PhDs’ Role In The Vaccine Rollout

We finally have a COVID-19 vaccine. 

“Finally” is relative. 

It feels like it’s taken forever because 2020 dragged on and we faced one bad situation after another. 

However, when you consider the time it takes to research a new disease, create a vaccine (through a lot of trial and error), test it, and start distributing it, things have progressed relatively quickly. 

According to Johns Hopkins University of Medicine, a typical vaccine timeline can last somewhere between 5-10 years. In some cases, it can take even longer

PhDs’ role in the vaccine process is an important one and may be the proof you need to see that it’s worth getting your doctorate!  

What Is A PhD’s Role In A Vaccine’s Public Introduction?

Who do you think is at the forefront of developing the COVID-19 vaccines?

PhDs!

PhDs are heavily involved in creating vaccines, including the coronavirus vaccination. 

They analyze the virus, study data, test theories, and create life saving medicine that they further test before releasing to the public.

Ultimately, there are six stages to vaccine development and rollout, and PhDs play a crucial role in each of these stages.

  1. Exploratory: This is the research phase where PhDs explore potential antigens to treat/prevent disease.
  2. Pre-clinical: During this phase, PhDs test the antigen on tissue- or cell-cultures or animals to see how effective it is (if it’s effective at all).
  3. Clinical development: A sponsor submits an Investigational New Drug (IND) application to the FDA, or an equivalent regulatory body. The application is a summary of the data gathered so far. It also describes how the drug company plans to create and test the vaccine on humans. Once approved, clinical trials will begin. The vaccine must pass three human testing trials – less than 100 people, hundreds of people, and thousands of people. The goal of trials is to test the safety of the vaccine, study the responses subjects exhibit towards it, and learn more about dosage and immunization schedules.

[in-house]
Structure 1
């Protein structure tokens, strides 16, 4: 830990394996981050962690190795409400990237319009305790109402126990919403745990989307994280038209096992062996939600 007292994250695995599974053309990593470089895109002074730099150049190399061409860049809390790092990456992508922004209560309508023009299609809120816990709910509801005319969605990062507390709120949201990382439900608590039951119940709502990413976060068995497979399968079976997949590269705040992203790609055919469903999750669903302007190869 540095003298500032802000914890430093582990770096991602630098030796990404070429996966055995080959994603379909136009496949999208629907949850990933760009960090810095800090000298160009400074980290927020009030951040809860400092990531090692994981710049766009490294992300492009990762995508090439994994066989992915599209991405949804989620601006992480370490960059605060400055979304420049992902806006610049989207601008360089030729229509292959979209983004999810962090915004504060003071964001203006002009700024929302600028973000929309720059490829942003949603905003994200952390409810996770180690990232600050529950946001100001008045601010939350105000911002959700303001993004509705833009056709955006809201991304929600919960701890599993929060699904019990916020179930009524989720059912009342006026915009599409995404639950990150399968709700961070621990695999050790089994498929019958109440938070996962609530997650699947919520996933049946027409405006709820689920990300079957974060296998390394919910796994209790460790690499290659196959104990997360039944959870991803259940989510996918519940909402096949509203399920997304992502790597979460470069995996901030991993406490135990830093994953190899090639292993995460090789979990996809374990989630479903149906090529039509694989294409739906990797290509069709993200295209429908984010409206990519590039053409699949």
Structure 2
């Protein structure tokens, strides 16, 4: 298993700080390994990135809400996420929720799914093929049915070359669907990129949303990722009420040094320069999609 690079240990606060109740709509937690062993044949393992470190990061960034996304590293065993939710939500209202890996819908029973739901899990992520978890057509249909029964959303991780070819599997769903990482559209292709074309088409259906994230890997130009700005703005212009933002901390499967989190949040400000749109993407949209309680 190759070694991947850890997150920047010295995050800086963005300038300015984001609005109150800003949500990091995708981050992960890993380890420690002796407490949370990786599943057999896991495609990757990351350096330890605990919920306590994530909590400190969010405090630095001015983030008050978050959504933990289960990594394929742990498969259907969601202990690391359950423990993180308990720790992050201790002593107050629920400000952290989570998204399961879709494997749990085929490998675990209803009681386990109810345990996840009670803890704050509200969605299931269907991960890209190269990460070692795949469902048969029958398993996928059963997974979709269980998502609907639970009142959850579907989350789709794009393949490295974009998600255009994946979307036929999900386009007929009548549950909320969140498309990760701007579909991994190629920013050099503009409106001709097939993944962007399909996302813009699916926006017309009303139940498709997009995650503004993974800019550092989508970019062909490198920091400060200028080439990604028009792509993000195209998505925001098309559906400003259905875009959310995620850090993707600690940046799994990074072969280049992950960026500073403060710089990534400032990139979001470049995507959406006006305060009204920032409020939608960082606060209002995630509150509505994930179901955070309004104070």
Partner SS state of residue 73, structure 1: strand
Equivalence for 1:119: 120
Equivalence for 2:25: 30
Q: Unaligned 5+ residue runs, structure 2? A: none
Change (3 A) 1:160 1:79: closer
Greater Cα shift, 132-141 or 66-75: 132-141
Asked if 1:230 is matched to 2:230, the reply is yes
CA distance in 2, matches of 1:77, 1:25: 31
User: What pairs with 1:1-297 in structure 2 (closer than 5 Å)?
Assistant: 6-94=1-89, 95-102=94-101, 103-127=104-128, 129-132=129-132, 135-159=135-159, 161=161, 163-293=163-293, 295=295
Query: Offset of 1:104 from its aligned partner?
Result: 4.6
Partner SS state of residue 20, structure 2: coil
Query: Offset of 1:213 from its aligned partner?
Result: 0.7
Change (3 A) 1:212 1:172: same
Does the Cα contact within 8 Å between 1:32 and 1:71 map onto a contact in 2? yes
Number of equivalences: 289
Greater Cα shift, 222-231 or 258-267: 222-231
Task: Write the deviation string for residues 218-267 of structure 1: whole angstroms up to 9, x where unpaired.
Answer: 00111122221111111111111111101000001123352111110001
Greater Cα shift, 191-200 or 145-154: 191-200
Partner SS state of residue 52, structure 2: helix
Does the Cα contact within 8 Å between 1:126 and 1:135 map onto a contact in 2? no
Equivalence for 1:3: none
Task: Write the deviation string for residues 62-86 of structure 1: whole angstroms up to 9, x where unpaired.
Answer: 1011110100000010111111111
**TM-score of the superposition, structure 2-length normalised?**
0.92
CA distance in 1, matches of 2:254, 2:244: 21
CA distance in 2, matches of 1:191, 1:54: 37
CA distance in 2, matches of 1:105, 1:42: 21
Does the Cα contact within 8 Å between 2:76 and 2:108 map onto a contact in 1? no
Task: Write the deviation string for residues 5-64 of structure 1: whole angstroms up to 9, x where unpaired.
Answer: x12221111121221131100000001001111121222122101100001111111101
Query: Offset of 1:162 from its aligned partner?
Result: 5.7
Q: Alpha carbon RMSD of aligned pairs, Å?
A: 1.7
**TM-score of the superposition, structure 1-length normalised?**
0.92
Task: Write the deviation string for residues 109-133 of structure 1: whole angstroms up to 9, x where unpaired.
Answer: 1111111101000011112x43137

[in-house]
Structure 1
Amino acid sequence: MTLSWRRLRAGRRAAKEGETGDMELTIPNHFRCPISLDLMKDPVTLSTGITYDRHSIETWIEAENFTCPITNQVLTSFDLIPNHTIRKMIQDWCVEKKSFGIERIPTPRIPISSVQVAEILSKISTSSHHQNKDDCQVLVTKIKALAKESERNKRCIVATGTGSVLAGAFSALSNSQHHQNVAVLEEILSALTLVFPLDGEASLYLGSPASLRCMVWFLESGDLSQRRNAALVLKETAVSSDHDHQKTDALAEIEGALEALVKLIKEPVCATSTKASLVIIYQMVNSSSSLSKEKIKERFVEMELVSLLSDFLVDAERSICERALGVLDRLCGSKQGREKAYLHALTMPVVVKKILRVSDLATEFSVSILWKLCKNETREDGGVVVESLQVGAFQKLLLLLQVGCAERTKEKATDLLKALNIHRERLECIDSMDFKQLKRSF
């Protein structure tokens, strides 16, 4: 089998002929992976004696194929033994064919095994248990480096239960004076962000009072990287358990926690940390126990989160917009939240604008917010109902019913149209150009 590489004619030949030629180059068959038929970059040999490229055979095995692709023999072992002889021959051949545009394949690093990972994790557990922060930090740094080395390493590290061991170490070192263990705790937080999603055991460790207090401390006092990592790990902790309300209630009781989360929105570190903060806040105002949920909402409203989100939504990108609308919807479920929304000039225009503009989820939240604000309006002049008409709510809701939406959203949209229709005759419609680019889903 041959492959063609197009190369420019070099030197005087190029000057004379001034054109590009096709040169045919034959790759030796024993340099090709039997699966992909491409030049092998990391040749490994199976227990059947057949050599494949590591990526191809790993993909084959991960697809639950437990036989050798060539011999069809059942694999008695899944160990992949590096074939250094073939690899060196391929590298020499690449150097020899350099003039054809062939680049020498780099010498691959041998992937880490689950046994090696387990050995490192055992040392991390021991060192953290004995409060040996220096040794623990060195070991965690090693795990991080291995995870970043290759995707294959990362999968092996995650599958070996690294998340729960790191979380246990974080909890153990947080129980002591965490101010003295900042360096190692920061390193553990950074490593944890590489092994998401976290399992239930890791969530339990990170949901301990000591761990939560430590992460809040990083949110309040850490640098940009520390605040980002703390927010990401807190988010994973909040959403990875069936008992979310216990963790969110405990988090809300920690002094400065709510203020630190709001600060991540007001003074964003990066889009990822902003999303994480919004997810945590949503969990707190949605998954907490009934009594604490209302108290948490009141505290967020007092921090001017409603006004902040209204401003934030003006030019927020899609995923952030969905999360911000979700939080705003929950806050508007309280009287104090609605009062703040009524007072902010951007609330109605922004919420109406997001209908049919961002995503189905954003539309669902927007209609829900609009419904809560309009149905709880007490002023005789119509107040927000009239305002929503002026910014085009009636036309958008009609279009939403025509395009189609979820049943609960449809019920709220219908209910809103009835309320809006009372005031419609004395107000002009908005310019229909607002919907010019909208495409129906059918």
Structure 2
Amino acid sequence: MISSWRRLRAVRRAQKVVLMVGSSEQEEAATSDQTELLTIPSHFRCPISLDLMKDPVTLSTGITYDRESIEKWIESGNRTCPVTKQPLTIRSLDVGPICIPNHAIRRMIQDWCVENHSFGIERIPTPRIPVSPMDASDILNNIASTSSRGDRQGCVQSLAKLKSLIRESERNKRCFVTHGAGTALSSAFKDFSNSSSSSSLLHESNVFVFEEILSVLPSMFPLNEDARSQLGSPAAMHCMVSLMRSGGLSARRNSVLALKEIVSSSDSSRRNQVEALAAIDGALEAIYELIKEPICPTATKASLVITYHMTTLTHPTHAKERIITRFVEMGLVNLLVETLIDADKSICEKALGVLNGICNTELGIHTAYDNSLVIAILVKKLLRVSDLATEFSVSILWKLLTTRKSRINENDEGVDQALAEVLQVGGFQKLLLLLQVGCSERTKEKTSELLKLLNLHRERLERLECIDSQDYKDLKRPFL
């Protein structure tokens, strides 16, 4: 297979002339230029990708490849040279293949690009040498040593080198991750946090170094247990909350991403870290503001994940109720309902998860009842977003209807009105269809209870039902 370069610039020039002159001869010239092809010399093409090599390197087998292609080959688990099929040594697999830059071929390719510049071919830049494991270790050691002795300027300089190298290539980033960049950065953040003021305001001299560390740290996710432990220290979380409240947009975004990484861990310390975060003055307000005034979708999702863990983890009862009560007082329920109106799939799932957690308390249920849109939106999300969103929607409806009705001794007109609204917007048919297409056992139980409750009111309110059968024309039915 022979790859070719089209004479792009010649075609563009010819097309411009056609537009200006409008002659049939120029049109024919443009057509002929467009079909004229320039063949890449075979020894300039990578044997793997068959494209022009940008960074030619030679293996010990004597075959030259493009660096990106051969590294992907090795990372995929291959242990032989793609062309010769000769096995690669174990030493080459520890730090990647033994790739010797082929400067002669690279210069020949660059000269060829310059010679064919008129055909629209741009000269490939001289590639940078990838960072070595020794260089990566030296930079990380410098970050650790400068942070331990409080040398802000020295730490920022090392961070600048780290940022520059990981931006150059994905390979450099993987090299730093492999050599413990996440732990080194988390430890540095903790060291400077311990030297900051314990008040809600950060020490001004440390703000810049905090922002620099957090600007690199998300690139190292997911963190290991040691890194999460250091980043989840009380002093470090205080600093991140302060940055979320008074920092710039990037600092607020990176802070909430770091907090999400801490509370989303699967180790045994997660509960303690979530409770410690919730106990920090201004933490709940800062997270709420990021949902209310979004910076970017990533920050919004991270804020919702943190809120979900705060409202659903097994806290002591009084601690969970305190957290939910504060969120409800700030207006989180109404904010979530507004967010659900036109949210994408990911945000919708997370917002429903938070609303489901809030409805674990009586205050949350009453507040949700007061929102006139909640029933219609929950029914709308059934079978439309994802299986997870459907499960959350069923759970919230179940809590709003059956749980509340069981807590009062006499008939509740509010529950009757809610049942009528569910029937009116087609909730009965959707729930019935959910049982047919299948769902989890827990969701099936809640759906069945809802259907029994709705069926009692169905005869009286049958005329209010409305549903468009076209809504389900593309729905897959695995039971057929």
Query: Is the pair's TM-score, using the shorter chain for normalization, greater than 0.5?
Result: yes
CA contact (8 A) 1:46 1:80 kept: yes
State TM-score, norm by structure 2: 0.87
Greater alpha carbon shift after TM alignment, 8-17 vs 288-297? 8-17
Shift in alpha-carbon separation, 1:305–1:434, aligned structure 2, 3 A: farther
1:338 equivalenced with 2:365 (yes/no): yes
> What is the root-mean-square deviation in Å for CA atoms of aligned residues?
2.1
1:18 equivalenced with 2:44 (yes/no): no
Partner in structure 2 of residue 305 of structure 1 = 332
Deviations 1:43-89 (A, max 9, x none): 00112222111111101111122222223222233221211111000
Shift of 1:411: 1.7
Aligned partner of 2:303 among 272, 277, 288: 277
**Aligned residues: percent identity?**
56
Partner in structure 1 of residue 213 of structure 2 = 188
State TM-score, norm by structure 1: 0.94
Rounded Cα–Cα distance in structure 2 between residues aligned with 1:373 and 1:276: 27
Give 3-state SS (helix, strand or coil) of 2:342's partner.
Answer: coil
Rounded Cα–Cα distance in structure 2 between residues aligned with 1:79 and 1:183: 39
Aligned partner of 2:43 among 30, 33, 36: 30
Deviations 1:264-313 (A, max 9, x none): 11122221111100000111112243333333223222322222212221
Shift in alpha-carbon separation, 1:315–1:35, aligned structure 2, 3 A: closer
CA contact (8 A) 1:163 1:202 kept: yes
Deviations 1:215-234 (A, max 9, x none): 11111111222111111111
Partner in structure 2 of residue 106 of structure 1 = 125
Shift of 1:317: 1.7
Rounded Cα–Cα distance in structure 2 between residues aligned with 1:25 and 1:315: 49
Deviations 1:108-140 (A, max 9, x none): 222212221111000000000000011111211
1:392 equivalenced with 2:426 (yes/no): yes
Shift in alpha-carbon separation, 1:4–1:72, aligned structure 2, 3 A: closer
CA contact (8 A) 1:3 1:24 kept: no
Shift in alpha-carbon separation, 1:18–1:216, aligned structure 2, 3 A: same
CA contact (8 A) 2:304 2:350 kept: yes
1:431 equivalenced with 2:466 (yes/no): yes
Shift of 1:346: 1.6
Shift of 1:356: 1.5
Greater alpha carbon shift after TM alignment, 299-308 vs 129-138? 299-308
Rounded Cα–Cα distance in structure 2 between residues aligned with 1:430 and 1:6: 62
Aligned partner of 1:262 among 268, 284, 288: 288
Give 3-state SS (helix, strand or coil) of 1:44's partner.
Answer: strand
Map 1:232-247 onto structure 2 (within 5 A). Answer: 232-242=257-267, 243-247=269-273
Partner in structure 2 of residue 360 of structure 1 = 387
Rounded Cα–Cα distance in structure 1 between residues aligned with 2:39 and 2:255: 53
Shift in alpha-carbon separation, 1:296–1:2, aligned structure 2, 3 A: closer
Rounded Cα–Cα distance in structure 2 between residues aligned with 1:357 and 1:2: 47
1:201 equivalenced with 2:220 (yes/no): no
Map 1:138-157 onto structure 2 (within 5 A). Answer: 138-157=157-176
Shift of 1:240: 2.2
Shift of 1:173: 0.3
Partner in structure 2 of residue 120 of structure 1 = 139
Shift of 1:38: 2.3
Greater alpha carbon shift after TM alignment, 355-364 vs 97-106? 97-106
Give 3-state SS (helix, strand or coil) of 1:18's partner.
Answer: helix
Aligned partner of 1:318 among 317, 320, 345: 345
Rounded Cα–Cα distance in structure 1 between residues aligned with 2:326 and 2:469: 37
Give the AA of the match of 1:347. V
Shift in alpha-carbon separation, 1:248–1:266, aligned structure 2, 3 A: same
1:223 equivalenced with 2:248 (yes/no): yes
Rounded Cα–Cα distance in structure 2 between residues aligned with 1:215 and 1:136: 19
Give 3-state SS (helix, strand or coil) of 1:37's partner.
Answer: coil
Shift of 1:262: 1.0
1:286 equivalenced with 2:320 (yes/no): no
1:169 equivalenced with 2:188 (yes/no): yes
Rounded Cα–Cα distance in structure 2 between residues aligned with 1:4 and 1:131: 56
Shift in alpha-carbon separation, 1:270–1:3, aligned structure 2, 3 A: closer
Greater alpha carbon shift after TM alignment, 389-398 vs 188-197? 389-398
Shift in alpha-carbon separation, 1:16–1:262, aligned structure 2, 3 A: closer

4. Regulatory review: Once a vaccine passes all three test phases, the developer submits a Biologics License Application to the FDA. 
  5. Manufacturing: Drug manufacturers have the means to produce mass quantities of vaccines, including the required equipment, personnel, and infrastructure. 
  6. Quality control: A drug goes through adherence procedures and tracking measures even after it is distributed. For example, Phase IV trials are optional studies conducted after a vaccine’s release. The goal is to monitor the safety and effectiveness of approved vaccines. 

Did you know that as a PhD, you are qualified to work at any stage of vaccine development?

COVID And Beyond: Why PhDs’ Role In A Vaccine Rollout Is Important

Humans coexist with numerous microorganisms that cause diseases – some of which we’ve almost forgotten about because of vaccines, such as polio and rubella.

We’re at this point because of the hard work, ingenuity, and innovation of PhDs like you. 

But we’re still struggling with many other diseases. Not only are we still dealing with viruses like HIV, Ebola, and Zika, but we’re also discovering new ones like SARS-CoV-2, which causes COVID-19. 

The pharmaceutical and medical research industries need PhDs to lead the research into ways to eliminate the risks these viruses pose. 

Recently, Moncef Mohamed Slaoui, PhD researcher and former head of GlaxoSmithKline’s vaccines department, said that we can expect the work on the COVID-19 vaccine and a potential cure to be “recurring and long-lasting.” At the J.P. Morgan Healthcare Conference in January this year, he asserted that we can’t simply hold out hope that the pandemic is going to disappear.

The PhDs’ role in vaccine development and improvement will continue to be vital to the well-being of people around the world. 

A PhD Qualifies You For A Job In The Pharma Industry